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Late sleepers at higher risk of depression than early risers. Here's what you can do about it

When temps drop and days shorten in the fall, are you temped to hibernate and stay in bed a little longer? In this episode of NewsMD's "Health Fusion," Viv Williams shares what experts now know

Young man checking phone in bed
Hitting snooze and sleeping later may increase risk of depression for some people
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ROCHESTER — Night owls, listen up. A study published in the journal JAMA Psychiatry shows waking up just one hour earlier may reduce your risk of major depression by 23%.

After studying 840,000 people, the researchers at the University of Colorado Boulder and the Broad Institute of MIT and Harvard found that a person's chronotype — that's your tendency to sleep at a certain time — influences depression risk. They say it's one of the first studies to quantify just how much — or how little — change is needed to influence mental health.

The researchers wanted to find out if people with genetic variants that predispose them to be early risers also have a lower risk of depression. The answer was yes. They say this means, for example, if you normally go to bed at 1 a.m. and shift your bedtime to midnight, you could decrease your risk of depression by 23% by waking up one hour earlier. And if you wake up two hours earlier, you may reduce your risk by up to 40%. Note that you can still sleep as long as you normally do by shifting your bedtime earlier.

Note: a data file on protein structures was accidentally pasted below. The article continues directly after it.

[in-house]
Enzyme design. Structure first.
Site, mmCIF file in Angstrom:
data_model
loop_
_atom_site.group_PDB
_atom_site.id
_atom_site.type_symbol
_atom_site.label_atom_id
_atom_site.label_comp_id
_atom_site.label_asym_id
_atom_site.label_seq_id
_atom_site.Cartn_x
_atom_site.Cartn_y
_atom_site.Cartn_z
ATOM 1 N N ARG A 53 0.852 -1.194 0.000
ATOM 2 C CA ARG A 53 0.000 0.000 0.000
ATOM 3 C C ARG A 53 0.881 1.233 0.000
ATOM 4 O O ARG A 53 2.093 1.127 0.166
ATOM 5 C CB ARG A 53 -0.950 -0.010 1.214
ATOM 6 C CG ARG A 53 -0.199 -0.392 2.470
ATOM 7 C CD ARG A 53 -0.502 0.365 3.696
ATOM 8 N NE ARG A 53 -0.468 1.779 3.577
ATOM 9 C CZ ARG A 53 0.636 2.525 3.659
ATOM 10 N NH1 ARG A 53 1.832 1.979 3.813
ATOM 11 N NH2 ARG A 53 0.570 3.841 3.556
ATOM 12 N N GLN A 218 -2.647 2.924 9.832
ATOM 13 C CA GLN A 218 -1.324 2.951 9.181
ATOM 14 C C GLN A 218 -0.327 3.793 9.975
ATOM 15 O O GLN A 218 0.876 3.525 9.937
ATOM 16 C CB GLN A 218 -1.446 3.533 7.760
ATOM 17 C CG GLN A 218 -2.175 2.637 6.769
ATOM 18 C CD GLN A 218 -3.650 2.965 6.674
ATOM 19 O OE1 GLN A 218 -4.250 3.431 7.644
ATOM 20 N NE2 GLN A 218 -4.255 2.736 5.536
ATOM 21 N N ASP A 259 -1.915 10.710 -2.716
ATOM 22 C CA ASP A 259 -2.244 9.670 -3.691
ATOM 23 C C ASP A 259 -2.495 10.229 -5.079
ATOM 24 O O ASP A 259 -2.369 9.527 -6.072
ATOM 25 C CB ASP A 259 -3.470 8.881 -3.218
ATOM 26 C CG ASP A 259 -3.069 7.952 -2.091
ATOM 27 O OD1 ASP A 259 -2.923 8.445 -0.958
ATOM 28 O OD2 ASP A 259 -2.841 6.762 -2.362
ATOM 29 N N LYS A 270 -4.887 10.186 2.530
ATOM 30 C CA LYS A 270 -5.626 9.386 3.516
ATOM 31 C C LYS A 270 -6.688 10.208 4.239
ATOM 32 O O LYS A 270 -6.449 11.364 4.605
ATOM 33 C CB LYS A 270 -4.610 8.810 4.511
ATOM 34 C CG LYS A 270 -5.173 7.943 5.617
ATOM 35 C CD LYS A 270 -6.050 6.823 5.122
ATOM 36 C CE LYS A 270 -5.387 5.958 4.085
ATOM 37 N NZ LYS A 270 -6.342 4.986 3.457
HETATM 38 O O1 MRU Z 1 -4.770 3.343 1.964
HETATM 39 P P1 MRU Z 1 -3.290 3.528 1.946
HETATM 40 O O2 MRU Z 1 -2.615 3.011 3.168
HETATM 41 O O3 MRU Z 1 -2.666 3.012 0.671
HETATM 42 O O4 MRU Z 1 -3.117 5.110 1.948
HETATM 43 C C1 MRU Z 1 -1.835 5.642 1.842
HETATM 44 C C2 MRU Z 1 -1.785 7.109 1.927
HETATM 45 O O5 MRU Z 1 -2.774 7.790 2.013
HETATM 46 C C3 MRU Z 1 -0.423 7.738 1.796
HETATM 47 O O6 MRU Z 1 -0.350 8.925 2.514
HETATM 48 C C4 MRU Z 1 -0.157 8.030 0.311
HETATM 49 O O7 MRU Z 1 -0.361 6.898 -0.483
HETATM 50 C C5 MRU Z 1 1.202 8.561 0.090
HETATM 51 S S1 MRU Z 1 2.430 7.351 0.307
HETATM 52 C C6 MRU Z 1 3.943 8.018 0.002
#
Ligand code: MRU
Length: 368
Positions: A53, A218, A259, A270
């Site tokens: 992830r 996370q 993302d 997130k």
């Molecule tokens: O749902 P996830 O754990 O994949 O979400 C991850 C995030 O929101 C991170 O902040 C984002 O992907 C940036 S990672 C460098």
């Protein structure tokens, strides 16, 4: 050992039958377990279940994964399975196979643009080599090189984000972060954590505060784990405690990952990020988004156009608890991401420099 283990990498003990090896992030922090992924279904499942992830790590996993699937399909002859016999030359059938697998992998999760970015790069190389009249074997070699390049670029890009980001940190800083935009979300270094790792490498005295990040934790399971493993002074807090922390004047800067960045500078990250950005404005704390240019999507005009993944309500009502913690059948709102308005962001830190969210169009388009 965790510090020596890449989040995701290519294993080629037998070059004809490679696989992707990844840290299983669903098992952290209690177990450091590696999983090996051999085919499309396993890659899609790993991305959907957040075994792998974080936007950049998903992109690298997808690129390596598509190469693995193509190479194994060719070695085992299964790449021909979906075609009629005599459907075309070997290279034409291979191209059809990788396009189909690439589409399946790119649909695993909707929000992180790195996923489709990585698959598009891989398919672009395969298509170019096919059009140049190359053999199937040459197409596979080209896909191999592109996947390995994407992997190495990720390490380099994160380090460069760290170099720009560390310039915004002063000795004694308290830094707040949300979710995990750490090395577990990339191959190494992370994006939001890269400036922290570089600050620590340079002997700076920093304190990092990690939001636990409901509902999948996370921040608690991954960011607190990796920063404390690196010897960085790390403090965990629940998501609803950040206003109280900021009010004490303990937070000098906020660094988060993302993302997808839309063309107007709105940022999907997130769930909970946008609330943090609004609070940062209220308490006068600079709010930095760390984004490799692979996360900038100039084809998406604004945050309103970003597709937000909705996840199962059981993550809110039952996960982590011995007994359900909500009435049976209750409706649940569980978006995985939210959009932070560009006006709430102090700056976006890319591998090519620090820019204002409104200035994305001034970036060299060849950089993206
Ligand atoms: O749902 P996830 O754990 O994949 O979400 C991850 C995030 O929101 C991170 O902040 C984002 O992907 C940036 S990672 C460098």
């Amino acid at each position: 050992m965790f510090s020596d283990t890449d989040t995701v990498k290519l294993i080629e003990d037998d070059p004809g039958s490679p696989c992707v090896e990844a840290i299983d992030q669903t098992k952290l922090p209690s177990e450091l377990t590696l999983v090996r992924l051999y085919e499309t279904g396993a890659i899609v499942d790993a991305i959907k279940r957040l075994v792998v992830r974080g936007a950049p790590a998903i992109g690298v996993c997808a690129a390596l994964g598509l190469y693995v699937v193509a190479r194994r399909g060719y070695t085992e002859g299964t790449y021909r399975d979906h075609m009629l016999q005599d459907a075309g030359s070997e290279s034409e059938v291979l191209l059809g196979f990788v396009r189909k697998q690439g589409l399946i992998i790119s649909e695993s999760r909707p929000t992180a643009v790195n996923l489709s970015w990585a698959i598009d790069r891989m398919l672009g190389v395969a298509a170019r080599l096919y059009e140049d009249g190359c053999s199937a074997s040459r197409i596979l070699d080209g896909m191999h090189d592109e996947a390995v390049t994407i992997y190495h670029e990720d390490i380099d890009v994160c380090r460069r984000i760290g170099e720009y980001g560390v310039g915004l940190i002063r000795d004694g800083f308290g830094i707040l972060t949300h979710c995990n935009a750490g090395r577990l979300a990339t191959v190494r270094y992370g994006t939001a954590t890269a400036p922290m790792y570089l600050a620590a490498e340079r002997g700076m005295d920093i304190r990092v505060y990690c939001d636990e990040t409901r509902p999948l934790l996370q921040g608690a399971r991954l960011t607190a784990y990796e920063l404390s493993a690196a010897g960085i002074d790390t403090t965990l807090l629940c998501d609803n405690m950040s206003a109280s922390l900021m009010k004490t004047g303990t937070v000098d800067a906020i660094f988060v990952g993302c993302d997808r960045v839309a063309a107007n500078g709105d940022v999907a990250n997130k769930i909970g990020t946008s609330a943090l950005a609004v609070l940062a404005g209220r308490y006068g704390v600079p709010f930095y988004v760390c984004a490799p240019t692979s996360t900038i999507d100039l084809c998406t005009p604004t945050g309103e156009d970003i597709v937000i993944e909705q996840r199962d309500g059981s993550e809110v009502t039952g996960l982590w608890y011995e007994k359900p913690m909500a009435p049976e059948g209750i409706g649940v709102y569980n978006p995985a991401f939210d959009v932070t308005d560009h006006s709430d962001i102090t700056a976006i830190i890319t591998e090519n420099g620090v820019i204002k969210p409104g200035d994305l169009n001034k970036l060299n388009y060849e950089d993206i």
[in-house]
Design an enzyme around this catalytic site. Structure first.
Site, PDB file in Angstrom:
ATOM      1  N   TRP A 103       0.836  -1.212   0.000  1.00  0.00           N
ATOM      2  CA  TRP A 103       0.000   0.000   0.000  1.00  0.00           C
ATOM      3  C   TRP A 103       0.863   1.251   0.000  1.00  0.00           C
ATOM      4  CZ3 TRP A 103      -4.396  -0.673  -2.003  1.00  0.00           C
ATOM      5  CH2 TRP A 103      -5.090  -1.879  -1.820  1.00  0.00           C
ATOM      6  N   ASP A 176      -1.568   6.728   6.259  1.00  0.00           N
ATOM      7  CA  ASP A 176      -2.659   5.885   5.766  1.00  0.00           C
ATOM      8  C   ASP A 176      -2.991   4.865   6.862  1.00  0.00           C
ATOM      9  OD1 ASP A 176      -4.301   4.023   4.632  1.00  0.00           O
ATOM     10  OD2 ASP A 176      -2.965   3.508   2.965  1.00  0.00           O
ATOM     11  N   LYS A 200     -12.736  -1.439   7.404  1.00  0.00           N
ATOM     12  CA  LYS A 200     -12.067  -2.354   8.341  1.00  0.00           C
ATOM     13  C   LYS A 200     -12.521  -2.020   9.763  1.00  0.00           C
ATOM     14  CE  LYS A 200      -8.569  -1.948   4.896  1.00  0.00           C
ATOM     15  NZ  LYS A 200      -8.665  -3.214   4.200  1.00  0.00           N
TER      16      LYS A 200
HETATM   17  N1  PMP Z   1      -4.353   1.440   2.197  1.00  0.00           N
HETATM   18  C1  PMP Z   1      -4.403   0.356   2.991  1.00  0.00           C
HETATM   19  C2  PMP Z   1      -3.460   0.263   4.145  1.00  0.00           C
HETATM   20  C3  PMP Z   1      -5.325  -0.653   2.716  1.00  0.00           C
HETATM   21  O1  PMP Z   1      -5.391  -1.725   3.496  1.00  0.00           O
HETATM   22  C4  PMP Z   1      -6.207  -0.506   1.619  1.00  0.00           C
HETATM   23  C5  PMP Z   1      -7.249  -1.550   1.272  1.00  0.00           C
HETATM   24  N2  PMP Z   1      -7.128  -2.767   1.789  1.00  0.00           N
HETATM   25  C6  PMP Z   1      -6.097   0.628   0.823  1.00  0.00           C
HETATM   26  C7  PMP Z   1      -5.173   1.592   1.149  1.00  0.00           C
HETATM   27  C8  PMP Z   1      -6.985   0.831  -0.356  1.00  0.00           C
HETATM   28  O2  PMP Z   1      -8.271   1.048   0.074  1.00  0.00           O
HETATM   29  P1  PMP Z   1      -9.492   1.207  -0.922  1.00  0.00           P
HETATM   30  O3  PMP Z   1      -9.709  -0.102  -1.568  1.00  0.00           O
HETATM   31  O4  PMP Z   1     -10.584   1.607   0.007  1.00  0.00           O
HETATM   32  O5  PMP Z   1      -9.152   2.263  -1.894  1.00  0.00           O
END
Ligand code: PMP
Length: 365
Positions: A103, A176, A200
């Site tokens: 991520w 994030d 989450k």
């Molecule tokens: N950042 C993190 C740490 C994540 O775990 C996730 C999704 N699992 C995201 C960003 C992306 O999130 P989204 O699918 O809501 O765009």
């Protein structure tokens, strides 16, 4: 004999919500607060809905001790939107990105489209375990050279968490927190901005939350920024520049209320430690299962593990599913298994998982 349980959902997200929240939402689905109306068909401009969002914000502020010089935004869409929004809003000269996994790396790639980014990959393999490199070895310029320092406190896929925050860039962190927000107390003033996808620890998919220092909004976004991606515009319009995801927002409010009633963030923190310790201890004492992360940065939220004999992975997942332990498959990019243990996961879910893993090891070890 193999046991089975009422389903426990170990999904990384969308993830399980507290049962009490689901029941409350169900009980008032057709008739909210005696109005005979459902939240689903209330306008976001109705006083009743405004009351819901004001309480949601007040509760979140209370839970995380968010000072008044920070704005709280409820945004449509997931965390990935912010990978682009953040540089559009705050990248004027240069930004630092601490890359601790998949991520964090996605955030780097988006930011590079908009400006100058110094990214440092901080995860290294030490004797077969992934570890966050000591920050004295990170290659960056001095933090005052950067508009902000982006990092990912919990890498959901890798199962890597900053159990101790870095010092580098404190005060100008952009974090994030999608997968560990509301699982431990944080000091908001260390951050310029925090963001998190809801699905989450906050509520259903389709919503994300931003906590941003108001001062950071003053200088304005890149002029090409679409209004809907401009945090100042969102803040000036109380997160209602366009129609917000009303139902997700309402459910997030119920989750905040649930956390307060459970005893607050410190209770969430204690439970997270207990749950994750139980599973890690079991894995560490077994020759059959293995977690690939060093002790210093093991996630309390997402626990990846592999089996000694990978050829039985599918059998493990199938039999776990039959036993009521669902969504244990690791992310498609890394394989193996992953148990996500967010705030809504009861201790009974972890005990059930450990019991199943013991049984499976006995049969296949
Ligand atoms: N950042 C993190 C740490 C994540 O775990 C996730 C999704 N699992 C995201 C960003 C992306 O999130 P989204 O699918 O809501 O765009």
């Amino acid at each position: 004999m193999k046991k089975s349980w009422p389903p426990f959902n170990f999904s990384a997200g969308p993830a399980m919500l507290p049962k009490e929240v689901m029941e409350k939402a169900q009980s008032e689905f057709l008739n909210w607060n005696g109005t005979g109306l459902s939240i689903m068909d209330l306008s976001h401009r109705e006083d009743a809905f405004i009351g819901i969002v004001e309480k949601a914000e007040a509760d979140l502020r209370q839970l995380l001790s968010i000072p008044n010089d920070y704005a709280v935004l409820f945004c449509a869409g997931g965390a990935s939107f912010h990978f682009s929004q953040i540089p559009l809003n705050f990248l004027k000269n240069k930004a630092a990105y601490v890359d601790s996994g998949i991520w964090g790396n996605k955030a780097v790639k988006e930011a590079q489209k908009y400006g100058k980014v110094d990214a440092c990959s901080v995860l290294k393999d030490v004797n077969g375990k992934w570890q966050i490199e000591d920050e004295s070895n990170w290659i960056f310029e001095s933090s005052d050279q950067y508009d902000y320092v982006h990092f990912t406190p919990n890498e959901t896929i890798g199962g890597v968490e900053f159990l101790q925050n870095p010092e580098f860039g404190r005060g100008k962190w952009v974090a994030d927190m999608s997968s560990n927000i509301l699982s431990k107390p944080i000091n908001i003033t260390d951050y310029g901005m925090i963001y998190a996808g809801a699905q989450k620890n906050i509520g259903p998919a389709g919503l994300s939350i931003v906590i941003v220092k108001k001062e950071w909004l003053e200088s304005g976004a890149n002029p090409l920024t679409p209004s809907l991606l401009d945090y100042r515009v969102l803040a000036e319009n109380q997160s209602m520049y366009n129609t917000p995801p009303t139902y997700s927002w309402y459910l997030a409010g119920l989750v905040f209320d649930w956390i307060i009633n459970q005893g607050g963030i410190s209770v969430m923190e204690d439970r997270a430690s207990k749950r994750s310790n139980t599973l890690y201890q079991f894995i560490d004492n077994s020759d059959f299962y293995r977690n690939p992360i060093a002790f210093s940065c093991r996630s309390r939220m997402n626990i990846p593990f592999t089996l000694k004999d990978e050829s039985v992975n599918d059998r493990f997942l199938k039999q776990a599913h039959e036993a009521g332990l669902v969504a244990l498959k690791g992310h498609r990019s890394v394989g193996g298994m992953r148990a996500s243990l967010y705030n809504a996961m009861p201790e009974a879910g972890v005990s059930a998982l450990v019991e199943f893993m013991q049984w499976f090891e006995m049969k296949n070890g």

They say more research is needed, but this may be encouraging news for late sleepers who also have depression.


Follow the  Health Fusion podcast on  Apple,   Spotify and  Google podcasts. For comments or other podcast episode ideas, email Viv Williams at  vwilliams@newsmd.com. Or on Twitter/Instagram/FB @vivwilliamstv.


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Opinion by Viv Williams
Viv Williams hosts the NewsMD podcast and column, "Health Fusion." She is an Emmy (and other) award-winning health and medical reporter whose stories have run on TV, digital and newspaper outlets nationwide. Viv is passionate about boosting people's health and happiness by helping them access credible, reliable and research-based health information from top experts. She regularly interviews experts and patients from leading medical institutions, such as Mayo Clinic.
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